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Comey Saw It Coming: Why No One Went To Jail For The Housing Crash

James Comey wasn’t the nation’s embattled former FBI Director in 2002, but the top federal prosecutor in Manhattan. He was giving a speech to a group of fellow attorneys -- men and women with impeccable courtroom records. 

Comey was not impressed.

On this week’s episode of the Criminal Injustice podcast, University of Pittsburgh law professor and host David Harris talks to Pulitzer Prize-winning journalist Jesse Eisinger, who said Comey’s estimation of his colleagues wasn’t a professional discourtesy. Comey was pointing to a widespread perception at the time that the federal government was failing to appropriately prosecute top business executives.

Six years later, millions lost homes, jobs and savings in the 2008 crash, and no one went to jail. 

Their conversation has been edited for length and clarity.

Credit Courtesy Simon & Schuster
Courtesy Simon & Schuster
Jesse Eisinger, senior reporter at ProPublica, is the author of "The Chickenshit Club: Why the Department of Justice Fails to Prosecute Executives" published July 11, 2017, by Simon & Schuster.

DAVID HARRIS:  Comey used a word we can't repeat on the radio that you reference in the title of your book. He called them something like chickens. What was he trying to get his fellow prosecutors to understand?

JESSE EISINGER: Jim Comey was saying to young prosecutors that their job was not about winning, that they couldn't be focused on just getting their best record that they could get -- taking the low hanging fruit. Their job was about more than that. It was about doing justice. And so he was urging his prosecutors to [try] ambitious cases, righteous cases, and not to worry about winning and certainly not to behave as if winning was the only thing that mattered.

HARRIS: Now in the 1980s with the junk bond and insider trader cases, then late in the 90s and early 2000s with the dot com bust, the Department of Justice prosecutors did go after these kinds of big cases and the people who ran them.

EISINGER: Yes, in the Enron era they prosecuted almost all the top executives from almost all the companies that were involved in big accounting scandals. So we remember Enron with Jeff Skilling and Ken Lay, but they prosecuted top executives from Tyco, WorldCom, Adelphia, Global Crossing -- almost all the significant companies.

HARRIS: And the executives of those big companies, some of them went to jail, didn't they?

EISINGER: Exactly. In fact most of the executives who were tried were tried successfully and they went to prison. Jeff Skilling went to prison and Bernie Ebbers went to prison. 

HARRIS: But after those convictions and the conviction of the Arthur Andersen accounting firm, a backlash comes. Where'd that from? Why?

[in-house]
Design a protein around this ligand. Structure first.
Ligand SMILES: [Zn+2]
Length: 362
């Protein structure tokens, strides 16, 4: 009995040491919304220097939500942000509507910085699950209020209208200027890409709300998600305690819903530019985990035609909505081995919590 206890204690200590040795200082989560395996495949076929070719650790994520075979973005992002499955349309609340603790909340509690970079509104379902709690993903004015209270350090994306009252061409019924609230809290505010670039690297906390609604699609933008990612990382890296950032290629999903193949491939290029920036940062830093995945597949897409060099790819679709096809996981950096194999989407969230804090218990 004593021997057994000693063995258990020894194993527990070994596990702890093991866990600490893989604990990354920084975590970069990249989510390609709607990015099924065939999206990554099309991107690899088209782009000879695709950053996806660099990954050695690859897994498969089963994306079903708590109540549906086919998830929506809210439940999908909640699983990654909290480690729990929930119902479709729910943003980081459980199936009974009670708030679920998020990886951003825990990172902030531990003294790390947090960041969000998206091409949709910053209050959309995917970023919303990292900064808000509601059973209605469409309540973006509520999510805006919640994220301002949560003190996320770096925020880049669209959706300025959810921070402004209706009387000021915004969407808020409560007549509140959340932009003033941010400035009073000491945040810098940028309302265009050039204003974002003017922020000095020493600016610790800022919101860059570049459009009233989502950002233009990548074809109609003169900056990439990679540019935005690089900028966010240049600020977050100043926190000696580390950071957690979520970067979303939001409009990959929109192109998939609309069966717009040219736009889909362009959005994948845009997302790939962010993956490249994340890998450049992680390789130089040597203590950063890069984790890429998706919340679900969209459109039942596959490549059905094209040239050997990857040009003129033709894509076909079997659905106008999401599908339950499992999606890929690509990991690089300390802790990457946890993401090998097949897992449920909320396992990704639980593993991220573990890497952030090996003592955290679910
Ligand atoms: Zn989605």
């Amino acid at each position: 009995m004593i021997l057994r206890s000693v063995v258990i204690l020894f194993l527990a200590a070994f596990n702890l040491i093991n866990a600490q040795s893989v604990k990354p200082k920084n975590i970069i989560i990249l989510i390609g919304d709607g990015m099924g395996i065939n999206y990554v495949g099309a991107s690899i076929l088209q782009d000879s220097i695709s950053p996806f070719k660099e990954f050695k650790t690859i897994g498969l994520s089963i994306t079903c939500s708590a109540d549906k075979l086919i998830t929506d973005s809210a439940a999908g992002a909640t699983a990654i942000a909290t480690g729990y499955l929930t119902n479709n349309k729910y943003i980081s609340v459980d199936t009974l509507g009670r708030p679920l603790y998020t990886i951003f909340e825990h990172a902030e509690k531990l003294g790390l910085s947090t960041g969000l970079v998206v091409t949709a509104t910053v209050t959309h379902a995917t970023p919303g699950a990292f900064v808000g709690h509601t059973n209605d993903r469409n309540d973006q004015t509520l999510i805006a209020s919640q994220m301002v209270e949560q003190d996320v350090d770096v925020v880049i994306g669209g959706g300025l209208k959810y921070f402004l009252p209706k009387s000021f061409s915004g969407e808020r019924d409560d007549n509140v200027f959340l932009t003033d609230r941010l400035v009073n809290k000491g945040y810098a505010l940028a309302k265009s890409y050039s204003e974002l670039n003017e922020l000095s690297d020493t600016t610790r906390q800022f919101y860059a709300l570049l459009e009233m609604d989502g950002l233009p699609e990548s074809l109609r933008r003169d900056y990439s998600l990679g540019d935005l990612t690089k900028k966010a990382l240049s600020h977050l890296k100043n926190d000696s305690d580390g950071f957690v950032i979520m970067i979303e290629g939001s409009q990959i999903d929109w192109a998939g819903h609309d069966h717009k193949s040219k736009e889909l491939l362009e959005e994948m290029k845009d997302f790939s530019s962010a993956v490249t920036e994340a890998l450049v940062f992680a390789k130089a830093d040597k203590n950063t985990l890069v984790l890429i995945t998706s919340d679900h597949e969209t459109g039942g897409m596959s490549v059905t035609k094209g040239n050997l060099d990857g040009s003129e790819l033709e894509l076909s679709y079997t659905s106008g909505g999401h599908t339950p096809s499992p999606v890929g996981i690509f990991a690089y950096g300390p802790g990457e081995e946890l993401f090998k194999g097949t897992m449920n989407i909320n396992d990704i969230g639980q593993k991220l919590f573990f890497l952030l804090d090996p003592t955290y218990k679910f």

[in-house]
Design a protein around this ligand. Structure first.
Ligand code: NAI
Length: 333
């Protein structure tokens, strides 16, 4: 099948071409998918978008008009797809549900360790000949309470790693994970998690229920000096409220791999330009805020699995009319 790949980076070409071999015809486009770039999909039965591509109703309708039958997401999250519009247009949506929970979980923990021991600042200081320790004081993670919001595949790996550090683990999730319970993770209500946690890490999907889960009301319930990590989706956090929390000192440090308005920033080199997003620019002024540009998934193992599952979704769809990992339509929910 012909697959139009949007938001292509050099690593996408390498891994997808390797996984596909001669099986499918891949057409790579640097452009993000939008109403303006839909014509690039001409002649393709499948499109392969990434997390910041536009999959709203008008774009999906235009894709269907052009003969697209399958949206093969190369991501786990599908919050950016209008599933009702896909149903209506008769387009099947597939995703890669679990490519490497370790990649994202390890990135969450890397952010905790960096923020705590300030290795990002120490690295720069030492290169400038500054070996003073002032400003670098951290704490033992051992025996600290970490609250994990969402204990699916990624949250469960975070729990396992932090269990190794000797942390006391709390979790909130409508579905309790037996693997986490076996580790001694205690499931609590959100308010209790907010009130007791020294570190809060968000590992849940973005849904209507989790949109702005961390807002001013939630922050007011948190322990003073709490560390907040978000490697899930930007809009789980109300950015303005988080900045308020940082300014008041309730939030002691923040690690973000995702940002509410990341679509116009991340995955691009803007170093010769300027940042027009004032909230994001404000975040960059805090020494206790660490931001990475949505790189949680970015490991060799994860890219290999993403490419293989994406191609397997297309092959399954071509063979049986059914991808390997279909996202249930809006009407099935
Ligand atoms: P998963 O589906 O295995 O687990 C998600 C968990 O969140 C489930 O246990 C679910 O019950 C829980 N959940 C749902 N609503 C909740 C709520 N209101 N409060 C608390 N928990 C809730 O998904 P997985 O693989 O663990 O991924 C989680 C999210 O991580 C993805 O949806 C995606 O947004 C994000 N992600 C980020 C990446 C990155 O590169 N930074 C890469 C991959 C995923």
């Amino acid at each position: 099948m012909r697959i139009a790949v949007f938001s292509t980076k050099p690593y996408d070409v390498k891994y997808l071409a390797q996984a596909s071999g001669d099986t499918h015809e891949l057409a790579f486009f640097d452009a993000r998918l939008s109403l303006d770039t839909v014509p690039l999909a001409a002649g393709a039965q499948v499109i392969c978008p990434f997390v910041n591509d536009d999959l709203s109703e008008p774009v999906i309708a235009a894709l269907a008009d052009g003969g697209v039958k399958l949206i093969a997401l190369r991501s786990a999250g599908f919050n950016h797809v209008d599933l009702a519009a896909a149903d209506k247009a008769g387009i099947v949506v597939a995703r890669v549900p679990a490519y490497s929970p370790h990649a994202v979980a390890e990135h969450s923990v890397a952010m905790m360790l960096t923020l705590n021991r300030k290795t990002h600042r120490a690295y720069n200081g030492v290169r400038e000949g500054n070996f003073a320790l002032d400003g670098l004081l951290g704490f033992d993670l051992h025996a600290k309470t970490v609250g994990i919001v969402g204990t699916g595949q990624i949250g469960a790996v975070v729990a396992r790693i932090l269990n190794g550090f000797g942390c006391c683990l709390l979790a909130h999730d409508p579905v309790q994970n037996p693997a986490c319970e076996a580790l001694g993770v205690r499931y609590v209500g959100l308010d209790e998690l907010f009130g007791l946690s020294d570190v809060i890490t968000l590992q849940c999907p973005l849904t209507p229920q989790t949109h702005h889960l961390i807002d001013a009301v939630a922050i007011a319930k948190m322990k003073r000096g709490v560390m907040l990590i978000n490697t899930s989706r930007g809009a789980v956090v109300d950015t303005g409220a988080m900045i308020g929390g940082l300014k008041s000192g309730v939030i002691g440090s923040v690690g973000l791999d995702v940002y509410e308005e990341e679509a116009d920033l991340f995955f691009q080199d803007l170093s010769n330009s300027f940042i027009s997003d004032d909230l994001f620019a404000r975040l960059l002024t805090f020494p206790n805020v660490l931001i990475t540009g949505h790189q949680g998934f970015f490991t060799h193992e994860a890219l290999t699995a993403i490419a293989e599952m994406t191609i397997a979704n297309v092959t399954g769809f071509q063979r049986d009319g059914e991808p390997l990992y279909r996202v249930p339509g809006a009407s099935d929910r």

EISINGER: Well, corporate America fought back, and they fought back in a way that the public couldn't see very easily. ... And what happened was, they succeeded. That lobbying effort succeeded in having the Department of Justice roll back their policy and deprive prosecutors of necessary weapons in the fight against corporate crime. So instead they started to turn to settling with corporations, settling for money. The company pays a big fine and everybody moves on. They don't indict big corporations anymore, and unfortunately they don't go after individuals, especially individuals at the top, the top executives. 

HARRIS: So now we get to 2008, 2009 -- the crash of the housing market, massive frauds are revealed, the worst financial disaster since the Great Depression. And no one gets prosecuted. Why?

EISINGER: Well the Obama administration dithers and they make a series of bad decisions that don't put anybody in charge. They don't assign prosecutors to have sole responsibility for these cases. They divvy them up to various offices around the country, many of which don't have skills to do this, and they instead focus on settlement. Meanwhile some of the star prosecutors have such a winning streak that they don't want to jeopardize that. 

HARRIS: So what needs to happen now to get things right?

EISINGER: Well the Department of Justice's culture needs to be overhauled and changed to give prosecutors the resources, time and pay incentives to investigate very difficult cases against individuals executives at the high levels of corporate America. They just need a whole overhaul of how they approach this area of law. 

Criminal Injustice is an independent podcast recorded and produced in partnership with 90.5 WESA. Find more at criminalinjusticepodcast.com.

Megan Harris is a writer, editor, photographer and curator for Pittsburgh's NPR News station. She leads editorial coverage for The Confluence, 90.5 WESA's live, one-hour, daily morning news show.